Former New York Gov. Mario Cuomo, pictured in a 2004 photo, died Dec. 4 at age 82. His funeral Mass was to be celebrated Jan. 9 at St. Ignatius Loyola Church in New York. CNS photo/Peter Foley, EPA

From Jackie O to Mario Cuomo, a Jesuit parish is the final stop for boldface Catholics

By  David Gibson, Religion News Service
  • January 6, 2015

NEW YORK - Former New York Gov. Mario Cuomo’s funeral will be held on Tuesday (Jan. 6) at the Roman Catholic Church of St. Ignatius Loyola, a Jesuit-run parish in Manhattan that has often served as the venue for bidding a final farewell to the rich and/or famous.

Among the well-known Catholics whose funerals were held at St. Ignatius:

Jacqueline Kennedy Onassis: The widow of John F. Kennedy died in 1994, and while she was a longtime member of the Church of St. Thomas More several blocks away, the Kennedy family chose the larger St. Ignatius for the funeral.

Aaliyah: The singer and performer was killed in a place crash in the Bahamas in 2001 and her funeral procession had an estimated 800 mourners.

Lena Horne: The famous African-American singer and civil rights advocate died in 2010 and was a regular communicant at St. Ignatius (as is her daughter).

Philip Seymour Hoffman: The Oscar-winning actor died in February 2014 after a relapse with heroin. He was raised Catholic but was not a churchgoer. Yet he had a keen interest in the faith and took on many roles and projects related to Catholicism.

Oscar de la Renta: One of the world’s most famous fashion designers, he died in October 2014 at 82 following a long battle with cancer. He was buried after a star-studded funeral Mass at St. Ignatius.


Why choose that particular parish?

The top three reasons are the same responses you get to almost every question about New York: location, location, location. The Upper East Side is home to the wealthy and the well known, many of them Catholic. St. Ignatius is their parish church, and their contributions help maintain the church as a grand sanctuary with a reputation for great music and fine liturgies.

Yet even if the deceased was not a regular at the parish, the church has several other factors in its favor.

For one thing, it is large, and can handle the hundreds of mourners who turn out for big-name funerals (even as many more are often turned away).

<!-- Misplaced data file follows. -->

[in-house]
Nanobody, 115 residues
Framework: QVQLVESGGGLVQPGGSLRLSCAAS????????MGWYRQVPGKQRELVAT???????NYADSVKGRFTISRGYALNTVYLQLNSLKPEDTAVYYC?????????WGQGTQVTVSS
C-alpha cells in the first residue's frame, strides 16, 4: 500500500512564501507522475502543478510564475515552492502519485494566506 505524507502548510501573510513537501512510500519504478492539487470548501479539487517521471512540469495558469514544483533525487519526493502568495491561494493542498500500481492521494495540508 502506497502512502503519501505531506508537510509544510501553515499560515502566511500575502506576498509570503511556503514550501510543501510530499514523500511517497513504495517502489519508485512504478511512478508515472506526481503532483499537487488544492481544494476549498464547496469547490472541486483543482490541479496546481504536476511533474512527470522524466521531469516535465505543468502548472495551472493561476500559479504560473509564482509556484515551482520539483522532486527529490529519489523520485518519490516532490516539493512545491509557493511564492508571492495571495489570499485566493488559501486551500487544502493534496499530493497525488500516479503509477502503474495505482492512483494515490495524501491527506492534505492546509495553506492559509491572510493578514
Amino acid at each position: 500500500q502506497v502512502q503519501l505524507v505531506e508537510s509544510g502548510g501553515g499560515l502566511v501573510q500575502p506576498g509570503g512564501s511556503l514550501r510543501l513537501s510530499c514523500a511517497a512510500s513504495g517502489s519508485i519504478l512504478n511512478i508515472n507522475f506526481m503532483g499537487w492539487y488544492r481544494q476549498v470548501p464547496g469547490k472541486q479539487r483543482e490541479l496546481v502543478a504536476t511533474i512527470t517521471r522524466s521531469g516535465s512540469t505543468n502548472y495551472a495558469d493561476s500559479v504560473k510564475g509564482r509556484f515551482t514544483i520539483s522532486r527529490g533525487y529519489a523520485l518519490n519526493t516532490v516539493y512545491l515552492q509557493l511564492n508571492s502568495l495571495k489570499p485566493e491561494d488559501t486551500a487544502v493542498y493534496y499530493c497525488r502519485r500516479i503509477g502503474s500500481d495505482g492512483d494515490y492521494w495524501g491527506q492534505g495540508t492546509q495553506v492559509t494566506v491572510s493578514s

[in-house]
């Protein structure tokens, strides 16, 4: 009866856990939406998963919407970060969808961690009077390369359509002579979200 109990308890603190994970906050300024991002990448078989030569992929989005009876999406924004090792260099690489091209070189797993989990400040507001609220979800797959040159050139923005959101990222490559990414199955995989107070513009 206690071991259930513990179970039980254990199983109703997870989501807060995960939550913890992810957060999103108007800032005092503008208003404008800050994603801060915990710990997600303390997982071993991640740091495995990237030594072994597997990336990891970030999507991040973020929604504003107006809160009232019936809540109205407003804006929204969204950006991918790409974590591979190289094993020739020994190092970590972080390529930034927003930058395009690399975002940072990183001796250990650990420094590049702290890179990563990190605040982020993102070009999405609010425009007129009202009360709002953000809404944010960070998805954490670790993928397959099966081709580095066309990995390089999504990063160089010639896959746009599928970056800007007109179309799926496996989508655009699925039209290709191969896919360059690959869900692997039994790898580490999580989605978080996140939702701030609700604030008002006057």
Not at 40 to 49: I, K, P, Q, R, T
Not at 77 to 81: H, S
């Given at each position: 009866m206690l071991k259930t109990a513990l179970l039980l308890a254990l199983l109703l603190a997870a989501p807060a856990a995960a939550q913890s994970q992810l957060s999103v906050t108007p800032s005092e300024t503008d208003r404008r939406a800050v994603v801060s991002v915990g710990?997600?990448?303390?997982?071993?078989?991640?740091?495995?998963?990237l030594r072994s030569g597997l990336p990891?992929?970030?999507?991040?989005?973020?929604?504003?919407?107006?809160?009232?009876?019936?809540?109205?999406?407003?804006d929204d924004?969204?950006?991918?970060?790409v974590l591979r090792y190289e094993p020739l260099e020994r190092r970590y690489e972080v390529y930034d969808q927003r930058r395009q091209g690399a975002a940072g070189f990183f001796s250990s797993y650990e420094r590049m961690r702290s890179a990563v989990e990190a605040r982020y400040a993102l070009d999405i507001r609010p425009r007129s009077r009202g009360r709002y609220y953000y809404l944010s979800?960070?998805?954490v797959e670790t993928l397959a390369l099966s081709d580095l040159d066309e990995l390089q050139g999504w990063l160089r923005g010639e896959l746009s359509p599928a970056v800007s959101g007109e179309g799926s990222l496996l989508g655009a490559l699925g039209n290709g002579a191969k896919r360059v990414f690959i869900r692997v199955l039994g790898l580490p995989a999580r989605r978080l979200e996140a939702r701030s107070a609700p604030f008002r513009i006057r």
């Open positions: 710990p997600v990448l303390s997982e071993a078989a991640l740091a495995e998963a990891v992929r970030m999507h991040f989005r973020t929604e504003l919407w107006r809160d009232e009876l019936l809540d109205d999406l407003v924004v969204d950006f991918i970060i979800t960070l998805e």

In addition, it is run by the Jesuits, the largest male religious order in the world (Pope Francis is a member). The Society of Jesus is renowned for ministering both to the powerful and influential — Jesuits were once criticized as “confessors to kings” — and for their missionary work to those at the margins of society.

The order also has a certain degree of independence from the local diocese, which is convenient if the deceased had a reputation that might have created difficulties for the archbishop, in this case Cardinal Timothy Dolan.

While no one is saying so publicly, some or all of those factors may have worked in favor of the decision to hold Cuomo’s funeral at St. Ignatius.

Certainly the turnout is expected to be large, and the crowd is going to be full of boldface names and big-time pols. Cuomo’s own home parish farther downtown is too small to hold such an event.

Cuomo, as shown in the extensive news coverage following his death on Jan. 1, had a contentious relationship with some Catholic leaders, mainly over his willingness to defend abortion rights (even as he proclaimed his personal opposition) and his bona fides as a Mass-going Catholic.

St. Patrick’s Cathedral is currently undergoing extensive renovations and isn’t really in the best shape for a liturgy like this one, even if that’s what Cuomo wanted. But avoiding the cardinal’s parish circumvented any possible complications or controversies, and was a win-win for everyone.

The Jesuits don’t like to talk about their role in burying anyone, much less trumpeting their record as eulogizers of celebrities; several declined to comment about St. Ignatius or arrangements for the Cuomo funeral.

Even the parish’s website was downplaying things: A brief notice said only that the 12:10 pm Mass on Tuesday had been canceled. “We apologize for any inconvenience,” it said, with no explanation.

Please support The Catholic Register

Unlike many media companies, The Catholic Register has never charged readers for access to the news and information on our website. We want to keep our award-winning journalism as widely available as possible. But we need your help.

For more than 125 years, The Register has been a trusted source of faith-based journalism. By making even a small donation you help ensure our future as an important voice in the Catholic Church. If you support the mission of Catholic journalism, please donate today. Thank you.